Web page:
Friday, 23 May 2014


A present day Malian 10 man pirogue with sail on the Niger river, for ocean travel - higher sides, but you can't travel 30 days (required to cross the Atlantic this way) with 10 men in such a vessel, water & a staple food supply on board in case you caught no fish the whole trip - plus trade items and weapons will take up valuable space, and no-where is it recorded that the Malian Empire had Caravel sized ships like the Iberian savages used 181 years later, neither did they have guns or cannons at this time, only spears, hide shields, javelins, bows & arrows (arrows poisoned and spear/javelin tips).....but if all 800 Malian seasoned soldiers (and they WERE damn good fighters, best in West Africa) reached Barbados they would have certainly conquered the Igneri-Arawaks here (if they needed to), Kalinas (who also came into the Lesser Antilles on military exploration/expedition without their own women) who came after were able to conquer entire islands such as Tobago with less than half that number...the Igneri knew a lot about pottery and farming, but not a damn thing about warfare. The Kalinas (and the Kalinagos they co-fathered with their own Igneri wives) were the opposite and would have been a match for the Malian Soldiers....hence the descendants of the Mali Empire were only able to retain St. Vincent after Barbados (with few places to hide) was depopulated by Spanish slave raids throughout the 1500's.

The official title of this proposed documentary would be 'LOS BARBADOS 1500 AD - THE FIRST MULTI-RACIAL ISLAND IN THE CARIBBEAN!'

I decided to do a promo (will be posted here when done so keep checking back)  for the first of a what I hope will become a series of low-budget Amerindian documentaries, of course it will only blossom into a 'series' if the first 'few minutes long' intro sample one I finance myself attracts support, my aim is not 'special effects' but 'realism', few indigenous people are telling our own stories on screen, and this will NOT change until we begin to produce MORE of our own vast repositories of oral history....not only to EDUCATE others - but ourselves as well, too many of us have become as far from our own tangible and intangible heritage as a Hawk is from the Moon....the first one will be done 100% on location in Barbados using local members of my own Guyanese Amerindian family and friends as we are of multi-racial descent that includes Arawaks (for authenticity), I will call it 'LOS BARBADOS 1500 AD', because I have a very plausible explanation for why the Portuguese who were the first Europeans to describe Barbados - referred to it as 'Los Barbados' (meaning 'The Bearded Ones' - which infers PEOPLE not 'Bearded Fig Trees - which were NOT unique to the Barbados coastline either)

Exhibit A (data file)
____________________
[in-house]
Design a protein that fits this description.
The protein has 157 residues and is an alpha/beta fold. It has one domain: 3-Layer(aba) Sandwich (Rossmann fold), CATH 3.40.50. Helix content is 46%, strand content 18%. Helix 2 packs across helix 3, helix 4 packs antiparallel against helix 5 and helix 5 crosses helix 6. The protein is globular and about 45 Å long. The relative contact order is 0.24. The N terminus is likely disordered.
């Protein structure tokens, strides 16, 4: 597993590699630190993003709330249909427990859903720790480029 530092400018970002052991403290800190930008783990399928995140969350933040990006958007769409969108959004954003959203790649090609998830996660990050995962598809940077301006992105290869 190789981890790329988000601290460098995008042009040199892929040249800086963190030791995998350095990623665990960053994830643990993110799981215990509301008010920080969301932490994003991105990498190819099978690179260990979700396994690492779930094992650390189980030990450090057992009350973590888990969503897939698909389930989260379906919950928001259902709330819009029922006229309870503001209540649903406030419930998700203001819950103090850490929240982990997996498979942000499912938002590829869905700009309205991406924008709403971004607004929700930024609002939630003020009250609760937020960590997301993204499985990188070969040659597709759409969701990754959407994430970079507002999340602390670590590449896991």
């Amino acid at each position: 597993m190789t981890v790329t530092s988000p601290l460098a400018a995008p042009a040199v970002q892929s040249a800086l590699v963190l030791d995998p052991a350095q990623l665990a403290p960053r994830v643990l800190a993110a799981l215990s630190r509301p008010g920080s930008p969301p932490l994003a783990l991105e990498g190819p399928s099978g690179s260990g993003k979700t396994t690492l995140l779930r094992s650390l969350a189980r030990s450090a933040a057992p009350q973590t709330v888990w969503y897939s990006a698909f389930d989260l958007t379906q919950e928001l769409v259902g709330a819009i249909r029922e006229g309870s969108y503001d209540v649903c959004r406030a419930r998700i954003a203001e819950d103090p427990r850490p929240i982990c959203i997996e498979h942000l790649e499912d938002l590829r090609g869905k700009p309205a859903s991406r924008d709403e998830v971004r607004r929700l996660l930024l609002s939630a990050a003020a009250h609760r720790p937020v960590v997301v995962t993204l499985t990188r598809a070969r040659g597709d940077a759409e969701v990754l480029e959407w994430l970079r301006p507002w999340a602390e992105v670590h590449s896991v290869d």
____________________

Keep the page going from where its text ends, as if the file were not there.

It is my conviction that Malian DNA from the 1311 voyage of 400 pirogues (small ships with sails of 10 men maximum, but less if the one month of food and water was packed on board, so we are looking at a realistic number of 2 men per ship as they would have weapons & trade items on each ship as the Tainos told Las Cassas 'these dark skinned men traded and waged war and came to the Greater Antilles from the direction of the Lesser Antilles' ) = 800 Malian (mostly soldiers) from the Empire of Mali (a predominantly Negroid culture with at most a 10% Arab citizenry from the North Sahara area of the Empire as well as Arab ex-pats from their prized relationship with the Islamic Arab world) - of which only ONE ship ever returned to Africa (to inform the Emperor Abubakr II who abdicated in order to re-cross the Atlantic with 2,000 ships the 2nd (and last) time of mostly Negroid soldiers and women this time...but they landed in Recife Brazil (where there then existed 1 MILLION Amazon Indians who were adept at Jungle warfare (and thereby limited the Malian settlement in the New World to the Brazil coastline...where today most people of African descent in Brazil STILL live).

Not the Lesser Antilles like the first fleet that was blown-off course and reached our islands accidentally), and the 1311 fleet had no women, only Malian Soldiers of mostly Mande Negroid Horon (freemen) upper caste of the Empire (I suspect some of these Horon might have been part Arabic, maybe 25%-50% Arabic in the ones who were mixed as they were so wealthy they could easily have been children or grandchildren of Arab mothers their fore-fathers purchased from Arab merchants who were attracted to the unsurpassed riches of the Mali Empire), took Igneri-Arawak Mongoloid genetic stock wives in the Lesser Antilles and stayed in this region....181 years BEFORE Columbus....I say it was their bearded (rare for pure Negroids or pure Mongoloids to have bearded faces but EVERY Arab has facial hair) mixed tri-racial 7th/8th/9th generation descendants that were spotted on the coastline of this island by the Portuguese in the 1500's - who saw bearded indigenous MEN - hence the name they gave.